WALB - There is a growing problem inside Georgia's prison system – illegal contraband continues to be smuggled in.
On the inside, convicted criminals are carrying out crimes using cell phones. And there are major efforts underway to crackdown on the issue.
The war on contraband has spread outside of prison walls.
"We try to keep someone out 12 hours a night," said Calhoun County Chief Deputy David Moseley.
Working the front lines of combating contraband going inside Calhoun State Prison is a constant battle.
"We've got them coming from all over the state. Not long ago we had some from Tennessee coming in here. All trying to get the stuff in to make that easy money," said Moseley.
In 2013, four people were arrested using a drone to smuggle tobacco into Calhoun State.
"The inmates would stick their hands outside vents and grab it and he would fly it back to reload," said Moseley.
Since 2010, the Georgia Department of Corrections has made nearly 1,100 contraband arrest.
More than 200 of those are the ones paid to keep it out
Just this year, 5 corrections officers at Calhoun State have been arrested for attempting to smuggle contraband inside the prison.
"At least once a month we get a call out there where they have a dirty officer trying to get something in: methamphetamine, cell phones, tobacco," said Moseley.
Statewide, it's cell phones that are the big ticket items.
More than 7,600 phones were seized last year alone.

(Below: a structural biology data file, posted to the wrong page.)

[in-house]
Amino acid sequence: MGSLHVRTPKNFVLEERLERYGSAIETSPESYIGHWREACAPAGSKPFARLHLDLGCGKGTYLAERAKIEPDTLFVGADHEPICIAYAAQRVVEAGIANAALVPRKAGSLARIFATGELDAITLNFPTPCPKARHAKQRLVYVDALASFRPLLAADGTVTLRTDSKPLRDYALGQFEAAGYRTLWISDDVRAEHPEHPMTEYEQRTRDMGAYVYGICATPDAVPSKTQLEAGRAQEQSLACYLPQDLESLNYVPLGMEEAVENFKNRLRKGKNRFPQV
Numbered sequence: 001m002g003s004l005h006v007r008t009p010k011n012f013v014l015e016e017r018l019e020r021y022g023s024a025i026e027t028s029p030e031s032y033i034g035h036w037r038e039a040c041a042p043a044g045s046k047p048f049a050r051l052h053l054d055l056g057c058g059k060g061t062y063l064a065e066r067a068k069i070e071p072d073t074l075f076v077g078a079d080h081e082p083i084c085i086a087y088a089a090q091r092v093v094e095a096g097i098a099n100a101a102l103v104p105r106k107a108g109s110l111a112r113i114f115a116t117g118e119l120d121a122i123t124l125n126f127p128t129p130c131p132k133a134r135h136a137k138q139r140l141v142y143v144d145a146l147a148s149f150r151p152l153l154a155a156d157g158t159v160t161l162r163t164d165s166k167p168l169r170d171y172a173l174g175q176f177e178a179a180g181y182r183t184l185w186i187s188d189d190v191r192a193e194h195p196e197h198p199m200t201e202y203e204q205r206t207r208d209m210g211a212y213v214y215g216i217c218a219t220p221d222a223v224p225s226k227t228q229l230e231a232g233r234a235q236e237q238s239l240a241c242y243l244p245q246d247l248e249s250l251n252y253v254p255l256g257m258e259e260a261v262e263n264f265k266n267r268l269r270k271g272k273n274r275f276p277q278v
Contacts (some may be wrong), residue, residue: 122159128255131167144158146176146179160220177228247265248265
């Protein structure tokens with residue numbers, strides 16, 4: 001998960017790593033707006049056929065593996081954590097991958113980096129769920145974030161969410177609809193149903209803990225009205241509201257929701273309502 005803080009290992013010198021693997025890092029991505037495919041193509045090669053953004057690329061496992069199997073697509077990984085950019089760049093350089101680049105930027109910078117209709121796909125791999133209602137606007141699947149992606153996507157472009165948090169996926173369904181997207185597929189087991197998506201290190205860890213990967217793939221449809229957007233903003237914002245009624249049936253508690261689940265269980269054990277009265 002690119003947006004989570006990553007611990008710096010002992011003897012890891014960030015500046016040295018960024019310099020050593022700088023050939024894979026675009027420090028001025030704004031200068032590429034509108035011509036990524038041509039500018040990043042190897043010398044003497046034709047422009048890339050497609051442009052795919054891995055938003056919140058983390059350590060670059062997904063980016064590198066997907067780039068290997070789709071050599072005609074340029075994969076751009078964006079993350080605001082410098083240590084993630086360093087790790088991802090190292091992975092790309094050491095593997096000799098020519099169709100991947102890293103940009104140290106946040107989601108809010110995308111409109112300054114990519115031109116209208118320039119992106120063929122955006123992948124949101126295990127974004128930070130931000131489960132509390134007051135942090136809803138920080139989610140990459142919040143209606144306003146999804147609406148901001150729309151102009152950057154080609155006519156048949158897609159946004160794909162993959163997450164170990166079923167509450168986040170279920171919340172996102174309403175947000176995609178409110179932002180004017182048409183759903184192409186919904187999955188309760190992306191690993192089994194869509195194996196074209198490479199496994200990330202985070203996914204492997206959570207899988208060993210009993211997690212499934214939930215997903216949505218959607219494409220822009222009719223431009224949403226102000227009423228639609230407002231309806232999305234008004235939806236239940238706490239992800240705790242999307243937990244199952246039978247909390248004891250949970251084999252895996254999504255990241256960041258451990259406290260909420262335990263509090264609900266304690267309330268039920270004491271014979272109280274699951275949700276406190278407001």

They're smuggled inside Bibles, shoes, and in some cases, hidden inside people.
"A smart phone would go for over a $1,000. These guys on the outside are making good money trying to get it on the inside," said Moseley.
And on the inside, phones are used to carry out criminal enterprises.
In January, 15 current and former corrections officer along with 19 current and former inmates at Autry State Prison in Mitchell were charged in a massive fraud and money laundering scheme carried out from inside the prison by use of illegal cell phones.
At Valdosta State Prison, convicted killer Donald Hinley was charged with using smuggled cell phones to run a drug trafficking operation from his cell. He's also accused of instructing an inmate at Telfair State Prison to murder a fellow inmate.
While crackdowns are working, the fight to keep them out will only get more difficult
"We've cracked down so hard on it and it's harder for the inmates to get. Now you have more and more trying to get it because it's paying more," said Moseley.
Now, it appears only federal intervention to block cell phone communication is the answer to solving the problem.
The GDC Commissioner went before the FCC last year asking for federal restrictions to be lifted so cell phone service could be jammed at prisons, but for now they say it poses a risk of hindering emergency contact between prison staff.